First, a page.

Oct. Housing Mag - Greek house designer

Fake shrubs, oversized vases, low-profile chairs and decadent lighting fixtures make up the inner-workings of the newly remodeled sorority houses on the University of Nebraska-Lincoln’s Greek Row. 

Lisa Otte, an interior designer and creator of LOI Design Group, took on the challenge of designing these new interiors for the UNL chapters of the Chi Omega and Delta Gamma sororities. 

Otte, a graduate from South Dakota State University with a bachelor’s degree in interior design, is established in the Midwest but has worked for clients around the globe. She helped with managing and producing trendy interiors for the Chi Omega and Delta Gamma sororities at UNL.

“I specialize in residential design, so it was a challenge to learn about sororities and learn how the girls function in the shared spaces and figure out how to best meet the needs of that many people in one space,” she said. “Beyond that, just make it a space that they're proud of and that is trendy and young, around the corner of the lifestyle.”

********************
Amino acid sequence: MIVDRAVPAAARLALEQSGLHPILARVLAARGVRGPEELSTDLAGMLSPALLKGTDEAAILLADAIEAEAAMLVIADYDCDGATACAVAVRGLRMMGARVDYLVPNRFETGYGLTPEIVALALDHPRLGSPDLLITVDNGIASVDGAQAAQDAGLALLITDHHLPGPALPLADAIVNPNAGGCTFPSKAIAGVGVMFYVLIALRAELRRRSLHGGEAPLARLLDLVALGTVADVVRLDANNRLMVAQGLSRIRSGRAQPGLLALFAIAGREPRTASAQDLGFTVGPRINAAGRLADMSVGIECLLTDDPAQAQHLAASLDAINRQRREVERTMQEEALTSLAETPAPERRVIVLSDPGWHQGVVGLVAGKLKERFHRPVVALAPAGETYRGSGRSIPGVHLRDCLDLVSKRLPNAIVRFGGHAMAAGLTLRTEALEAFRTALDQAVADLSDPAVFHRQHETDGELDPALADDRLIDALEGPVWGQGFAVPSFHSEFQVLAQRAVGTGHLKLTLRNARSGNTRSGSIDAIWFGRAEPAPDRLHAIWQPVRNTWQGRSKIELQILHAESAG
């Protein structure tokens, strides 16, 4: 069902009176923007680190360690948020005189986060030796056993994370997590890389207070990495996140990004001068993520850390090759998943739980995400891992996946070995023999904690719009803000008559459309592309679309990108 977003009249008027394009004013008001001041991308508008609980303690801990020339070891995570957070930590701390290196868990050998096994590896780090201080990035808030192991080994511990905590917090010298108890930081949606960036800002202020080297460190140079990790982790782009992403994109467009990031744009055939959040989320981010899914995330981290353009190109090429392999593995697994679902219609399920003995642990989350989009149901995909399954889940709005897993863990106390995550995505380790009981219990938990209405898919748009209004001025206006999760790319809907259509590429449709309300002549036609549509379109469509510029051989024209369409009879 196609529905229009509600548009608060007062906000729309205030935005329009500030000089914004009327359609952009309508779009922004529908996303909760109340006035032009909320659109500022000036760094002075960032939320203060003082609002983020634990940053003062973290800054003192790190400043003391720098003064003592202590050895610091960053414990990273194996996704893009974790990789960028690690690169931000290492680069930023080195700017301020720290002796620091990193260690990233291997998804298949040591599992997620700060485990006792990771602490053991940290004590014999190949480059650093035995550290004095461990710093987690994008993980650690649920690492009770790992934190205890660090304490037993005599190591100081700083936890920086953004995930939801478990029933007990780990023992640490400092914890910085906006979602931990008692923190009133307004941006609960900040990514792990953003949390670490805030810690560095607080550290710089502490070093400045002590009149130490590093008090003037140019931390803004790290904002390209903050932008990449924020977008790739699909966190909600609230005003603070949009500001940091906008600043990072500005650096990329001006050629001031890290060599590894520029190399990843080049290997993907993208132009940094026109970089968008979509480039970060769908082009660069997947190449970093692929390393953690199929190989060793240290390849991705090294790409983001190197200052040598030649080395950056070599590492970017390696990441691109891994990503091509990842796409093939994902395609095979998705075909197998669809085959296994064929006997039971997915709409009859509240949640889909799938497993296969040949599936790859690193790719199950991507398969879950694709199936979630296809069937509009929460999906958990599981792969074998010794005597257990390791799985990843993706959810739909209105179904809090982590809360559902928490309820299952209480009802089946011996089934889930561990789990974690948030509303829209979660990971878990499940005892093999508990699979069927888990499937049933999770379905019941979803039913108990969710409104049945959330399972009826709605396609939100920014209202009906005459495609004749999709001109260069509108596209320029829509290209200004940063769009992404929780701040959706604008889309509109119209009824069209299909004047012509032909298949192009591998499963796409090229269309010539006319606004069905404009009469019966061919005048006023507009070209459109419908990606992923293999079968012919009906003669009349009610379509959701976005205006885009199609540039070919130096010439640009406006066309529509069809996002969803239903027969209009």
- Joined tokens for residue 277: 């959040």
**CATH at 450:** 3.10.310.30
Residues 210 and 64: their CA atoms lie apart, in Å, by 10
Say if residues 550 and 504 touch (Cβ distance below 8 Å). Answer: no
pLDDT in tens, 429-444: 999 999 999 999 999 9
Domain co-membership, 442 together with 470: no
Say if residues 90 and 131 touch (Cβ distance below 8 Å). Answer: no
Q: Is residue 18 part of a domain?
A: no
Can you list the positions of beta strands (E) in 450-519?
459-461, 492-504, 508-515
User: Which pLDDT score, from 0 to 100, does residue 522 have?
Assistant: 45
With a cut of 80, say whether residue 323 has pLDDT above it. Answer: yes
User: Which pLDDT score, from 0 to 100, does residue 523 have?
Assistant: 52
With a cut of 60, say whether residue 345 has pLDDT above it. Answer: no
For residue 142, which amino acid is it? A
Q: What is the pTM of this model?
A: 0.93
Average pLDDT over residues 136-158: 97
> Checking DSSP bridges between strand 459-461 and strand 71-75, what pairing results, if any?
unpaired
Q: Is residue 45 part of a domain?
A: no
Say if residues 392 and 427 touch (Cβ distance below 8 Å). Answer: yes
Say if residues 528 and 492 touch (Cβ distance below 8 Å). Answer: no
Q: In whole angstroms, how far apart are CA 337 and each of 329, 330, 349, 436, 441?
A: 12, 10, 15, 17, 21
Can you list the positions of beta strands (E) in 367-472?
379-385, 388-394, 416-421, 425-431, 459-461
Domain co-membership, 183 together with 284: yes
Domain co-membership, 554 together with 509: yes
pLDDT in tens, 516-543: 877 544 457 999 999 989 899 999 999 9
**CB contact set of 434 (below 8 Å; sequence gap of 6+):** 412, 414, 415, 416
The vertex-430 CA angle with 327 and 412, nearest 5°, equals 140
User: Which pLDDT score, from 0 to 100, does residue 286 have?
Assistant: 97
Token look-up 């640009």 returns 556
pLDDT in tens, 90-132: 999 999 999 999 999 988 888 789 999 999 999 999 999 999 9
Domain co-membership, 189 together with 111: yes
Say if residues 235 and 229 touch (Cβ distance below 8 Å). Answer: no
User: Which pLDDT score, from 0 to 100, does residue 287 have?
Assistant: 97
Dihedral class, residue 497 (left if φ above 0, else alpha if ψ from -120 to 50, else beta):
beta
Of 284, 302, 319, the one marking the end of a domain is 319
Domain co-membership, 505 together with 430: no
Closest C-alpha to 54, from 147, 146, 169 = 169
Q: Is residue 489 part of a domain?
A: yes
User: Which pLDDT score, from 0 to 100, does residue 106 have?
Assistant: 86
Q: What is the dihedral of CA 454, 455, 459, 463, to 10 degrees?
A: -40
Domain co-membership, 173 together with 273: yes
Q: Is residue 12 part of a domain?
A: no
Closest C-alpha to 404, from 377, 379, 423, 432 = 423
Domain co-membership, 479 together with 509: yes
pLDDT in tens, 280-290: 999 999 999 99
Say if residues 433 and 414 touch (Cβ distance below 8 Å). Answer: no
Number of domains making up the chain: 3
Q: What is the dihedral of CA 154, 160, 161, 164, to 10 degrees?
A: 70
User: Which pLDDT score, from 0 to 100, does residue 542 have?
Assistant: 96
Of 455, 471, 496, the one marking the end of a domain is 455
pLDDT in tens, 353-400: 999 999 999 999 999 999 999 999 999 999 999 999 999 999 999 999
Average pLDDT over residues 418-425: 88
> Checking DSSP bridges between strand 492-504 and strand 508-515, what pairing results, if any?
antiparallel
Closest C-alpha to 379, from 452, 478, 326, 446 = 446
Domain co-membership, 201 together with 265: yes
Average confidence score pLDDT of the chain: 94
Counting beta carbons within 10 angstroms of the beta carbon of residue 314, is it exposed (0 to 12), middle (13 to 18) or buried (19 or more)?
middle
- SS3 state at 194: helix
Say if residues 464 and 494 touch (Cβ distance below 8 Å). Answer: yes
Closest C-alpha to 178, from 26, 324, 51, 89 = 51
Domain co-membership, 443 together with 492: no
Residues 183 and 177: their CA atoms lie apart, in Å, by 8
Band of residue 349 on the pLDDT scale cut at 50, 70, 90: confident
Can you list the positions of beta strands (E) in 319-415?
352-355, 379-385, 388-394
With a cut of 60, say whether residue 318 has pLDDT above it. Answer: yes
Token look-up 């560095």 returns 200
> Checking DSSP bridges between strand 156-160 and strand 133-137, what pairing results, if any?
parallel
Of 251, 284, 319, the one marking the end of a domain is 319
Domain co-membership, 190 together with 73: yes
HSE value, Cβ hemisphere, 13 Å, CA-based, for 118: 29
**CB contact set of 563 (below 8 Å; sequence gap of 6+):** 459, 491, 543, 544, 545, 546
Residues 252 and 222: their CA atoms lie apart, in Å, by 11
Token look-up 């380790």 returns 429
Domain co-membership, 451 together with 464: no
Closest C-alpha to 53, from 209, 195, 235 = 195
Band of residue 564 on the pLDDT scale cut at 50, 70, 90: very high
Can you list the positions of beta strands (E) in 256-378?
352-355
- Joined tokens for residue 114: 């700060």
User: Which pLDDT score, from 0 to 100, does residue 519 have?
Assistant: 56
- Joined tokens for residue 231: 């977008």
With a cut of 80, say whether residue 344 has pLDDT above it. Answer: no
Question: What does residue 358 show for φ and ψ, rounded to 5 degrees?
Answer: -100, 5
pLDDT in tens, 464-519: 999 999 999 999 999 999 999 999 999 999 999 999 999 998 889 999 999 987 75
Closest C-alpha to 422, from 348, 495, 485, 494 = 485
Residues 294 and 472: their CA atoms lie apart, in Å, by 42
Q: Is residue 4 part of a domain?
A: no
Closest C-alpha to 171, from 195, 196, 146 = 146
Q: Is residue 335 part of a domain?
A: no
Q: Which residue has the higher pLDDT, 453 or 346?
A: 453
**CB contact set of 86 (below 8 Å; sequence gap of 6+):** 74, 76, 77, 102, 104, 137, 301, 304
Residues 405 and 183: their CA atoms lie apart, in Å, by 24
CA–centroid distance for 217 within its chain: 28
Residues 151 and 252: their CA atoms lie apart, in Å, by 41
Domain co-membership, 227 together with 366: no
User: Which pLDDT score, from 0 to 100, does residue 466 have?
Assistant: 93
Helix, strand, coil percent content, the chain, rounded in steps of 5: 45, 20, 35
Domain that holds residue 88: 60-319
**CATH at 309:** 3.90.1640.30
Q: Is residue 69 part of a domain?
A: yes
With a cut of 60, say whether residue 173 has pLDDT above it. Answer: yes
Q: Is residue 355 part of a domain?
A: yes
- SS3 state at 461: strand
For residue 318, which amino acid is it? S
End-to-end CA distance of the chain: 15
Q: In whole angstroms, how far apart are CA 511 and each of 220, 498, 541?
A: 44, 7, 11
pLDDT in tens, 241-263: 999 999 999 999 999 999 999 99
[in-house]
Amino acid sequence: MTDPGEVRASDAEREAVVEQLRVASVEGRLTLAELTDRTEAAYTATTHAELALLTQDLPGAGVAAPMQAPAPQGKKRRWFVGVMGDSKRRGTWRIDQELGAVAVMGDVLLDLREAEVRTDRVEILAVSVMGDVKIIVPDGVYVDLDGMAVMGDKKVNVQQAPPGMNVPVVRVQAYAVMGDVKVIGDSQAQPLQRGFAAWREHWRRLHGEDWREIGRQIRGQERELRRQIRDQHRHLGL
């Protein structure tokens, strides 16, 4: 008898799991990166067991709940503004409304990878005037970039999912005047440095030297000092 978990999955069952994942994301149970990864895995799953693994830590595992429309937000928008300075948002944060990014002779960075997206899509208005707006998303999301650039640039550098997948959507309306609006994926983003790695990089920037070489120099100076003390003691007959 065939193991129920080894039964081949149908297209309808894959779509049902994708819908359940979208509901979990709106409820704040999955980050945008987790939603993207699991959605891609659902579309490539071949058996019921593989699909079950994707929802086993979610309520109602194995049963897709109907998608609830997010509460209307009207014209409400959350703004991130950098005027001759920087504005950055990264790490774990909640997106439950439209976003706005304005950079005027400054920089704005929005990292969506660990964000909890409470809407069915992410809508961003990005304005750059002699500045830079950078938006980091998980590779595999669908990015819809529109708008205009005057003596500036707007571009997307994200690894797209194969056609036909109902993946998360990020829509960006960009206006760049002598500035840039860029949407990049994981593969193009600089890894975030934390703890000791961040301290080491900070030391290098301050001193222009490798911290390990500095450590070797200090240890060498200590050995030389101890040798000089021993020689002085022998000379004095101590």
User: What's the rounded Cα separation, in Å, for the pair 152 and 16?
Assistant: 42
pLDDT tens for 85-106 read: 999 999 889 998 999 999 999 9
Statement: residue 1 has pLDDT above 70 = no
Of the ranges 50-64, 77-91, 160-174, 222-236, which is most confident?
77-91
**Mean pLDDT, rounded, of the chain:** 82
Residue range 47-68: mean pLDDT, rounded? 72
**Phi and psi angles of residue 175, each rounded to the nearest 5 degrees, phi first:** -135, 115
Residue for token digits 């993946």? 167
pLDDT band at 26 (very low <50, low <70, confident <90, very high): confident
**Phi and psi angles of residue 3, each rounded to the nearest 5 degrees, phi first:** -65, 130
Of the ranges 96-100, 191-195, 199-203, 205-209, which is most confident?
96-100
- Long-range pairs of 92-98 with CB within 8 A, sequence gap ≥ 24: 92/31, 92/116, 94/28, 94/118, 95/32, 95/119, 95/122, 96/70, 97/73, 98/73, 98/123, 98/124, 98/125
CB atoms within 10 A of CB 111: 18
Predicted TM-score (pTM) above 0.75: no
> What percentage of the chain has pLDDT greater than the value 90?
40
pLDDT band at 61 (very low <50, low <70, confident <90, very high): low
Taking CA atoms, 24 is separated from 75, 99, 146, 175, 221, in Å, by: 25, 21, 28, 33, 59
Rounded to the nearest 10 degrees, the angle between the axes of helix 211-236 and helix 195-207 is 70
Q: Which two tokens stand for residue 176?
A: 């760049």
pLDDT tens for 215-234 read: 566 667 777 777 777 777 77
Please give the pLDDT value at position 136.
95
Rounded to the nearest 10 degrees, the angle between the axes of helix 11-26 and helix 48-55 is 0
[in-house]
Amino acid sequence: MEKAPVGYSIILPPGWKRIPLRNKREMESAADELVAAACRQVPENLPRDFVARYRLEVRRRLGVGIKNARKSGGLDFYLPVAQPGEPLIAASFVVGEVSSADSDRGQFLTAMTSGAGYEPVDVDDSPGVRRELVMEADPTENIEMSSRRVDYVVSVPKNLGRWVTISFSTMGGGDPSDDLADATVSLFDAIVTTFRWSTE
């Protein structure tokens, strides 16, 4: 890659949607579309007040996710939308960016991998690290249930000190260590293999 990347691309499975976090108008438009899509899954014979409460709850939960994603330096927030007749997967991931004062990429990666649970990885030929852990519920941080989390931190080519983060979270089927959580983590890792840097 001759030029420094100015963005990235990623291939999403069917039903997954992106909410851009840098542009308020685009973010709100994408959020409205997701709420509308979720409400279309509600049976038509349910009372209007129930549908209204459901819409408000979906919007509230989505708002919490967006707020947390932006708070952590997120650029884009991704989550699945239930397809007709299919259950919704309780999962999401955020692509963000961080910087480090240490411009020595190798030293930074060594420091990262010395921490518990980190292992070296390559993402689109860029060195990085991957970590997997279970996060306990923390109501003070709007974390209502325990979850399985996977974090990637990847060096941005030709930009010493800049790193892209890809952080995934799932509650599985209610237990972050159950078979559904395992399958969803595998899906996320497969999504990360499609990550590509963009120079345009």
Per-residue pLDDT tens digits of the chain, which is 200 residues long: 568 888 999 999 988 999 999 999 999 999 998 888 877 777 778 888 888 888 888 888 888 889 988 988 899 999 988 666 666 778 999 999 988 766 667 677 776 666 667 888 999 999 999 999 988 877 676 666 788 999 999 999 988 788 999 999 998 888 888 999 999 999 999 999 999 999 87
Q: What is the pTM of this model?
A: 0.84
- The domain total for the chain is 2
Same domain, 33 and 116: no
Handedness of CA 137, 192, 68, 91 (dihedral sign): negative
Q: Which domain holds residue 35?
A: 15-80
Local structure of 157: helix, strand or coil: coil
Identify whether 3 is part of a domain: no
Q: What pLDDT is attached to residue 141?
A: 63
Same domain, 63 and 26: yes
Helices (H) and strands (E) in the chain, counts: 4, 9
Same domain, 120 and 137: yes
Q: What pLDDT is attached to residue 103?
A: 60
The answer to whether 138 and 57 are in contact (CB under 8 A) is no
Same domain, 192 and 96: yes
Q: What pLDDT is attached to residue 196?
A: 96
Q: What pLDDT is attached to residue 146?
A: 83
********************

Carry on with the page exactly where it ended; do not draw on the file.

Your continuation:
Otte said she prides herself in generating beautiful spaces her clients can be proud to live in while also reflecting each individual’s style. 

“We worked really hard to pick things that were up-to-date with what the current trends were, while also keeping it timeless so that people 10 years from now can still enjoy it and it wasn't so specific,” she said.

A sorority house itself determines how often it will be remodeled, Otte said. Chi Omega and Delta Gamma remodeled following a 15-year wait. With Greek house remodeling, it’s not often that the house is completely done, but rather finished in smaller chunks. Most remodeling jobs are done in phases with small projects occurring over the summer. 

Each house corporation board is in charge of initiating the renovations for their Greek house on campus. They set the budget based on previous project completions and past renovations. 

“I gave a full presentation [to the board] of my vision for each home, equipped with furniture, finishes and budgets,” Otte said. “In turn, they selected me to execute the project.”